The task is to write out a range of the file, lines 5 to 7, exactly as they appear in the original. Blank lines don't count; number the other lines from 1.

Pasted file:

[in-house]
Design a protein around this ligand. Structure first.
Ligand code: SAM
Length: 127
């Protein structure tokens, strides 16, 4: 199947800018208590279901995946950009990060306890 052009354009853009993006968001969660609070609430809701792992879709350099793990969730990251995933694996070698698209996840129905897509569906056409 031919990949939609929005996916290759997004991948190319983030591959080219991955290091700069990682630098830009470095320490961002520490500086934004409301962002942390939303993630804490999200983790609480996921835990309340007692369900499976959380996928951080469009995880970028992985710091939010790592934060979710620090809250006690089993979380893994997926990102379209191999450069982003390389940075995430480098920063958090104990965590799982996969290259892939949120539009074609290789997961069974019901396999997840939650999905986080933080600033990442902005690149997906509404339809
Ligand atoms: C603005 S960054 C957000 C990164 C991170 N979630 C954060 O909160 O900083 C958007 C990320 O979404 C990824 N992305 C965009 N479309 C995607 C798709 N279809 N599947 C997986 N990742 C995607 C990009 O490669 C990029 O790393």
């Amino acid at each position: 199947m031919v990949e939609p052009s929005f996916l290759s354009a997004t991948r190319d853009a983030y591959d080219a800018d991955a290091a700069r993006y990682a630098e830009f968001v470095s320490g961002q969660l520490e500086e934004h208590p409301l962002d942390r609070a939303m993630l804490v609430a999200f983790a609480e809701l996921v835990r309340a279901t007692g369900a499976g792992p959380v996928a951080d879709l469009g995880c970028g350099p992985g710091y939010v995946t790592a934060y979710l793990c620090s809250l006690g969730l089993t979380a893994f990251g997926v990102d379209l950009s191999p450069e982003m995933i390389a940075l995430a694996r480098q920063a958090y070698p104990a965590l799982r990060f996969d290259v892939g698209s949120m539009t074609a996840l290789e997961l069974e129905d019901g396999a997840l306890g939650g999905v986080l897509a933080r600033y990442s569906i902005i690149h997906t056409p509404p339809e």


């Protein structure tokens, strides 16, 4: 199947800018208590279901995946950009990060306890 052009354009853009993006968001969660609070609430809701792992879709350099793990969730990251995933694996070698698209996840129905897509569906056409 031919990949939609929005996916290759997004991948190319983030591959080219991955290091700069990682630098830009470095320490961002520490500086934004409301962002942390939303993630804490999200983790609480996921835990309340007692369900499976959380996928951080469009995880970028992985710091939010790592934060979710620090809250006690089993979380893994997926990102379209191999450069982003390389940075995430480098920063958090104990965590799982996969290259892939949120539009074609290789997961069974019901396999997840939650999905986080933080600033990442902005690149997906509404339809
Ligand atoms: C603005 S960054 C957000 C990164 C991170 N979630 C954060 O909160 O900083 C958007 C990320 O979404 C990824 N992305 C965009 N479309 C995607 C798709 N279809 N599947 C997986 N990742 C995607 C990009 O490669 C990029 O790393």
């Amino acid at each position: 199947m031919v990949e939609p052009s929005f996916l290759s354009a997004t991948r190319d853009a983030y591959d080219a800018d991955a290091a700069r993006y990682a630098e830009f968001v470095s320490g961002q969660l520490e500086e934004h208590p409301l962002d942390r609070a939303m993630l804490v609430a999200f983790a609480e809701l996921v835990r309340a279901t007692g369900a499976g792992p959380v996928a951080d879709l469009g995880c970028g350099p992985g710091y939010v995946t790592a934060y979710l793990c620090s809250l006690g969730l089993t979380a893994f990251g997926v990102d379209l950009s191999p450069e982003m995933i390389a940075l995430a694996r480098q920063a958090y070698p104990a965590l799982r990060f996969d290259v892939g698209s949120m539009t074609a996840l290789e997961l069974e129905d019901g396999a997840l306890g939650g999905v986080l897509a933080r600033y990442s569906i902005i690149h997906t056409p509404p339809e």